My favorite restaurant in the world is a living room in Irbid, Jordan. I don’t know what it’s called, or even where it is, only that it holds memories infused with fragrant spices and sweet tea, and has a large Pepsi logo on the door.
During a few months studying in Irbid, this Yemeni restaurant became a weekly treat. My friends Gabe and Mike stumbled upon it one day, then brought a small group back to sit in a circle and rip pieces of bread to scoop up shakshouka, spicy shredded chicken with tomatoes, foul, and a few other dishes.
There was room for four or five groups of people to sit on the floor, where sheets of plastic were spread and giant rounds of flatbread dropped in the center. In the back corner an ancient looking stereo played Arabic music and without fail a group of men sat smoking. Our group stood out, but was always welcomed, first curiously, and then as expected weekly guests.
The bread remains the best thing I’ve ever eaten, but is something I have never been able to describe. Called mlawi or sabayyad, it’s very similar to paratha–thin and layered, crispy and flaky on the edges, and soft in the center. It has a flavor that’s almost sweet, balancing the spicy stews it’s served with. But no matter what I say, there’s nothing that can do it justice. We would scoop up flavorful meat and fluffy eggs, wiping the bowls clean with the soft parts of the bread. And then we would sit back for shahi haleeb, a sweet milk tea.
The restaurant sits on a small street and from what I could tell doesn’t have a name. Inevitably, someone would get lost trying to find it each time. I wish I would have marked it on a map, because if I went back to Irbid now I wouldn’t even know where to begin. My last week there I ate at the restaurant twice, trying to ingrain the taste of the bread in my mind forever. I doubted I could find something similar in Wisconsin.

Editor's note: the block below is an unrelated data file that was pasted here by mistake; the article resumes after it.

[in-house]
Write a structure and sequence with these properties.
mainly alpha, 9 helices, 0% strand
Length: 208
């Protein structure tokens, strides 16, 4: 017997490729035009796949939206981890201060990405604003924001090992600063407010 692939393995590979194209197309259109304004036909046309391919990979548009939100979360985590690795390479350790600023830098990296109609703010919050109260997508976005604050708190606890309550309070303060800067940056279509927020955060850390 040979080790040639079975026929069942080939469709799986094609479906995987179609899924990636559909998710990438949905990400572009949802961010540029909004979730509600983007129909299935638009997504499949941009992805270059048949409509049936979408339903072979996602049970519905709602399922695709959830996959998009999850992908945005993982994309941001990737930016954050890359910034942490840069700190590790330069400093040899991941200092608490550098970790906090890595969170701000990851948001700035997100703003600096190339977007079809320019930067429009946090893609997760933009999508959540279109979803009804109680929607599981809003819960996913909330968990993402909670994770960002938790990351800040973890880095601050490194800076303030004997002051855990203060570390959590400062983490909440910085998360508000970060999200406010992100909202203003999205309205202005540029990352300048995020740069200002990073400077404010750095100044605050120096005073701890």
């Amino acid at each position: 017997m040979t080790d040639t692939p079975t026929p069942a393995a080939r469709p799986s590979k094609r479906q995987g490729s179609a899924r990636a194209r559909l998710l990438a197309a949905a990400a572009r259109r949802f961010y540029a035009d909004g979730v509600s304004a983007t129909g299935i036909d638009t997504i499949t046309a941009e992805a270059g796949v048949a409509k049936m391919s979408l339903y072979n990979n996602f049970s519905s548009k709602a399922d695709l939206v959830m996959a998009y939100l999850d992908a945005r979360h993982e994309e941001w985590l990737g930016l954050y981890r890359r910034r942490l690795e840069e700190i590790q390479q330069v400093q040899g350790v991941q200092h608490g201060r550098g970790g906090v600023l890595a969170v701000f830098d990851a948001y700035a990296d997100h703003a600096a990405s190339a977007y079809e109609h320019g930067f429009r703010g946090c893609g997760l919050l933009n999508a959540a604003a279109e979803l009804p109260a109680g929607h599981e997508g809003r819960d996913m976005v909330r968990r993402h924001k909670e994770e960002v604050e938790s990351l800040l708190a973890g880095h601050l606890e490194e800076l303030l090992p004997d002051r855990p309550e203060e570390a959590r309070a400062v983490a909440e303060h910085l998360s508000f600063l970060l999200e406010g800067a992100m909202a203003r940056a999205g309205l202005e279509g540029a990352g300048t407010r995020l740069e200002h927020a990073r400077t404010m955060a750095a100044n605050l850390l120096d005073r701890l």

A year later, back in Jordan but this time staying in Amman, I told friends about the most amazing Yemeni restaurant in Irbid. “Yemeni?” they said, laughing. We eat it all the time! And they took me and my friend Brianna, who had also experienced the wonder of the Irbid spot, to a beautiful restaurant where we sat on the floor and feasted on….something completely different. They had brought us to a spot for mandi, a famous Yemeni rice and meat dish served with spices and yogurt. It was delicious, but not what we had been craving. We explained and explained, but none of them had heard of the foods we were describing. Finally, we summoned a waiter and showed him a photo. His face lit up, and he explained that the foods we loved were actually traditional breakfast foods, but there was a place we could get them any time of day.
This place is aptly named Sana’a, and is near the University of Jordan in Amman. With plastic tables and fluorescent lighting it doesn’t have the charm of the Irbid restaurant, but it does serve the same dishes, and is best place I’ve found in Amman so far. The dishes aren’t as moist or perfectly spiced, and the bread is a bit crunchier and not quite as addicting, but it satisfies the craving to a point. If you’re in Amman, it’s definitely worth a stop, and if you’re in Irbid and stumble upon Yemeni breakfast served by a friendly man on a living room floor, please send me a photo and a location immediately.